(Daniel Acker/Bloomberg)

Get ready for your tax rates to go up.

Maybe not today, maybe not tomorrow, but sometime soon.

Not because politicians, or their constituents, are clamoring for higher tax bills; because Congress is effectively forcing itself to raise rates soon as a direct result of two distinctly foolhardy policies: aggressively defunding the nation’s main revenue collection agency, and continuing to complicate and Swiss-cheese-ify the tax code.

The spending bill passed over the weekend contains a lot of terrible provisions. But long-term, the most damaging may be its cuts to the Internal Revenue Service. The IRS is hardly a popular agency, even when it isn’t giving tea party groups a hard time about applying for tax-exempt status. But this cash-flow-positive agency is crucial to our nation’s fiscal health. For every dollar appropriated to the IRS in 2013, it collected $255, according to the National Taxpayer Advocate. Spending on tax collections — unlike almost any other kind of federal spending — is, unequivocally, arithmetically good for reducing deficits.

And yet, year after year, Congress continues to cut IRS funding. The agency’s appropriations in the 2015 agreement are 17 percent below their 2010 level, after adjusting for inflation. The number of IRS employees working on enforcement has dropped by 15 percent since 2010, according to the Center on Budget and Policy Priorities.

Amid all these cuts, the number of tax filers has grown and the agency’s responsibilities have expanded, thanks to the Foreign Account Tax Compliance Act and the Affordable Care Act.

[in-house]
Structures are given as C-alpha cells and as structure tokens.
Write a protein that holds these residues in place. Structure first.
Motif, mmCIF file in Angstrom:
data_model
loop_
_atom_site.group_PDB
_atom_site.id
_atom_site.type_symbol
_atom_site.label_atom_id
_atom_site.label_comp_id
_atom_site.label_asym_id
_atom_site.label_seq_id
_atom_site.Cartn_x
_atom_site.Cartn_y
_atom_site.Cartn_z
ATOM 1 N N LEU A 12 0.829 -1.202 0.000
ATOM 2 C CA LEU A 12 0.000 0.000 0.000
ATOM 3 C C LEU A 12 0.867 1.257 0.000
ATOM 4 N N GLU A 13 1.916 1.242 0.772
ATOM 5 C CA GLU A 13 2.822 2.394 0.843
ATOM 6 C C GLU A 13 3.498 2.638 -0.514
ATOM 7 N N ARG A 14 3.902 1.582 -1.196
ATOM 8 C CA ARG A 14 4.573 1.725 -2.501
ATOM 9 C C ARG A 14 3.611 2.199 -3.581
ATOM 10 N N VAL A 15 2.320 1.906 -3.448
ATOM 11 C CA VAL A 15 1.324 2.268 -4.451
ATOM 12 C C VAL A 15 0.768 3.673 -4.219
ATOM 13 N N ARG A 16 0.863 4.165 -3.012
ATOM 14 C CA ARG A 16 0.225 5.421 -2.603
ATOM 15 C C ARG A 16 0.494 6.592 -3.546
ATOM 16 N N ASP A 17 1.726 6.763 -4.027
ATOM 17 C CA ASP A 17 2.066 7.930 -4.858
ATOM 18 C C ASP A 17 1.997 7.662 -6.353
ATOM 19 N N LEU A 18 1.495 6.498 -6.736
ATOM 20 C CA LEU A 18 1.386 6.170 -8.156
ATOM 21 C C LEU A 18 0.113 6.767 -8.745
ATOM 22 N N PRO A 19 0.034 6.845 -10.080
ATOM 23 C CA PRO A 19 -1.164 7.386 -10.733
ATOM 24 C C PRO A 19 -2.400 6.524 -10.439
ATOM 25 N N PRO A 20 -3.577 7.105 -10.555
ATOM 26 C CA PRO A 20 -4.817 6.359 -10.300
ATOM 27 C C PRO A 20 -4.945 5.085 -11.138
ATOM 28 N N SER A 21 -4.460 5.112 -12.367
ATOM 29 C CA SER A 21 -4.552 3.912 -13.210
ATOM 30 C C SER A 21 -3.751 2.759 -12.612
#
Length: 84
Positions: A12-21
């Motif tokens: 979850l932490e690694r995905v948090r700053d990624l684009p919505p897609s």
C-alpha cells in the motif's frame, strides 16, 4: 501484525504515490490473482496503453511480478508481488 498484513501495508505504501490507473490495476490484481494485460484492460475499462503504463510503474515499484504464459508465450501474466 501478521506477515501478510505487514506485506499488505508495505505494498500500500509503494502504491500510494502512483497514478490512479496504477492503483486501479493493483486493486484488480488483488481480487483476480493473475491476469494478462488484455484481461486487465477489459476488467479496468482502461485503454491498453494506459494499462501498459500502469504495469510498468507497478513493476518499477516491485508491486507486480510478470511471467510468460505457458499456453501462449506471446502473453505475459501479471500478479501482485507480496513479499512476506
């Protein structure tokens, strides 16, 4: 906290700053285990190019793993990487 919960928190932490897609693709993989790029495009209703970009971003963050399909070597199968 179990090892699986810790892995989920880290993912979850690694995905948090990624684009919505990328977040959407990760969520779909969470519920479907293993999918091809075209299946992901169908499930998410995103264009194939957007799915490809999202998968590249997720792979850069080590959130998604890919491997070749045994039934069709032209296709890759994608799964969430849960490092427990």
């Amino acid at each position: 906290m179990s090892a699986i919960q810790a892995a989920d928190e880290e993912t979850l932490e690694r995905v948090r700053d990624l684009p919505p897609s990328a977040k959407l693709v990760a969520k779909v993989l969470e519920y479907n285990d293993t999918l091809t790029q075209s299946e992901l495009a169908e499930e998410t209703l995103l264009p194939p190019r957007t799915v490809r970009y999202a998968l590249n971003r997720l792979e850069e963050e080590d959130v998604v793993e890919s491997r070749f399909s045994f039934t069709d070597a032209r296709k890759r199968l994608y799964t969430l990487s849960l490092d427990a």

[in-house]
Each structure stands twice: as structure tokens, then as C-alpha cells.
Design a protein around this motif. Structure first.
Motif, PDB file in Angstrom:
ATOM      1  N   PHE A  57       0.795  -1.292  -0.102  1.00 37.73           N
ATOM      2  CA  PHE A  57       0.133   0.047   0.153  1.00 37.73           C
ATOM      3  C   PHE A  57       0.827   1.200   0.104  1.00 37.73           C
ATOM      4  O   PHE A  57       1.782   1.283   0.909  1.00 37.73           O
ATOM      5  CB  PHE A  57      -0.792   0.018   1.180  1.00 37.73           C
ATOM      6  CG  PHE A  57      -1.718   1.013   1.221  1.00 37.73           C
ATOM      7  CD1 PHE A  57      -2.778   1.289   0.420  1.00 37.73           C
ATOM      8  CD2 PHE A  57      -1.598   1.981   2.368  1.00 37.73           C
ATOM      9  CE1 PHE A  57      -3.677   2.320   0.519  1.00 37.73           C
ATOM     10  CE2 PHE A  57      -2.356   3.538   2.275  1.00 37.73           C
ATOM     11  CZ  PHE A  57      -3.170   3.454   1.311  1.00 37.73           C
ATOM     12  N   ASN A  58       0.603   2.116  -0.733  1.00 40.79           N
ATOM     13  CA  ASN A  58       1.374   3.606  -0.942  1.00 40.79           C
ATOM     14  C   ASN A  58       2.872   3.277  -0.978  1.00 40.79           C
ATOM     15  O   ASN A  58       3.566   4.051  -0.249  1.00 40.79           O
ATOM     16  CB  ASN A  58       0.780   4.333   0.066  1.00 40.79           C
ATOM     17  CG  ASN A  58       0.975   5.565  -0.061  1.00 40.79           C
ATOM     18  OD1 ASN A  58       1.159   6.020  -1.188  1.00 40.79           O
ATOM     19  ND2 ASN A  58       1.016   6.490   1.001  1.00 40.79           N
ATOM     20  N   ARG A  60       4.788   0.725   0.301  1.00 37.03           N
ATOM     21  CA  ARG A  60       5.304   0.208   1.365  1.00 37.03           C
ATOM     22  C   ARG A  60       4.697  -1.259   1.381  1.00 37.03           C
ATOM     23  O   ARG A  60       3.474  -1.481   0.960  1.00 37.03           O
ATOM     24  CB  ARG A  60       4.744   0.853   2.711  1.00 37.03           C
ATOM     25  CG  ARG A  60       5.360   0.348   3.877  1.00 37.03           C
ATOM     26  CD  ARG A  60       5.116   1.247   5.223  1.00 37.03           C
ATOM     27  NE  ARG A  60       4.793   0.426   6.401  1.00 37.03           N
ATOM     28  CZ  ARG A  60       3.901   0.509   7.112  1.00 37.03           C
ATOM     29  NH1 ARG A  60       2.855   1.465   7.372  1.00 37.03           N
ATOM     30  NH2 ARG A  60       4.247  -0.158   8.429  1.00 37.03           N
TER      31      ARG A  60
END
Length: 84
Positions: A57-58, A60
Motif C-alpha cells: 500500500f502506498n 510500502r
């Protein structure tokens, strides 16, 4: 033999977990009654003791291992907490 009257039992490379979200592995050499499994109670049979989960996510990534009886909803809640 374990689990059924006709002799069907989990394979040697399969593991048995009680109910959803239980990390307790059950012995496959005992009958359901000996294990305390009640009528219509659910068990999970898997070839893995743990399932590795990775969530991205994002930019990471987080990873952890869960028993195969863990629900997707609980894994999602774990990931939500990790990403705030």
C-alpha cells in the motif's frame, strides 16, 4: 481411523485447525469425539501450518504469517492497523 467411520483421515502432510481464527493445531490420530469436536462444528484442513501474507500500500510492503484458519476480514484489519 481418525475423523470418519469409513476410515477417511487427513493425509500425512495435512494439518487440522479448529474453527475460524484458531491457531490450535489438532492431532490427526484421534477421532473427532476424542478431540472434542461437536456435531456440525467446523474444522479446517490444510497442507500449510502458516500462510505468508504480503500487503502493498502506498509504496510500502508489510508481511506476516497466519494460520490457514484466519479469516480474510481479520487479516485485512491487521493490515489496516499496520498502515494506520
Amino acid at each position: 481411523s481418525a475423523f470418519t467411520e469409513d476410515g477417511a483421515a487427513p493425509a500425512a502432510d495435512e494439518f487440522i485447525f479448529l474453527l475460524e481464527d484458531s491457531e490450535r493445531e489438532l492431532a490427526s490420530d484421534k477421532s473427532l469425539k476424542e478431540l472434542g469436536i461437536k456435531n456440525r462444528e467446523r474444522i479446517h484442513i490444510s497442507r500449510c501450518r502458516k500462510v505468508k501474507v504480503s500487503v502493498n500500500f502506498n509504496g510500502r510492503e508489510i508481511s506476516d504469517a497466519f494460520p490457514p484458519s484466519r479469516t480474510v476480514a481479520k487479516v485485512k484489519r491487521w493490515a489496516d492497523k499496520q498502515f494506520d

Cuts to the IRS budget hurt compliance rates among taxpayers, both the dishonest and honest. Audits have slowed, and by many metrics, customer service quality has plummeted. Millions of calls come into the IRS each year from taxpayers who want to pay what they owe but who have questions about how to navigate the byzantine tax code. In 2013, about 40 percent never got through to a representative. The lucky ones who did had to wait an average of nearly 18 minutes, up from 2.6 minutes a decade earlier. Backlogs in taxpayer correspondence have likewise become enormous.

Over the long run, IRS budget cuts make tax evasion look not only easier but also more justifiable. Our tax system functions mostly through voluntary compliance. But as taxpayers get more disgusted by their interactions with the IRS — and by reports of rich companies not paying their fair share of taxes (more on that in a bit) — “tax morale” will wane and tax cheating will likely rise. Which will require higher statutory tax rates to make up for the shortfall.

Europe provides a cautionary tale in this regard. Italy and Greece have been stuck in vicious cycles in which tax evasion runs rampant, requiring politicians to raise tax rates to extract more money from the few law-abiding saps still out there, encouraging people to hide economic activity from even higher tax rates, and so on.

In addition to crippling the agency that can help pay our bills, Congress also seems pathologically committed to cluttering the tax code with more sweetheart carve-outs.

“Loopholes” and “tax breaks” are among the most frequently denounced bogeymen on Capitol Hill (second only, perhaps, to “waste, fraud and abuse”), and yet Congress continues to multiply them. Tax expenditures — spending through the tax code — totaled an estimated $1.4 trillion in the last fiscal year, and that figure is likely to grow.

Companies that lobby for these tax breaks know this perfectly well, leading them to invest in armies of accountants and tax attorneys who cleverly exploit the ever-multiplying loopholes. You know how I mentioned that IRS agents bring in way more money than gets spent on them? The same is increasingly true of big companies’ well-resourced tax departments, which have bizarrely become profit centers. Companies have staffed up on tax experts, and the IRS is staffing down. This combination cannot bode well for the public fisc.

If Congress really wanted to lower tax rates, it would broaden the tax base by simplifying the tax code, and it would adequately staff the agency tasked with collecting taxes. In both cases, it has done the opposite. All of this means that our political leaders have not only improved the odds for getting away with (illegal) tax evasion; they have also created more opportunities for (perfectly legal, methodically planned) tax avoidance. Put these factors together, and higher statutory tax rates look inevitable.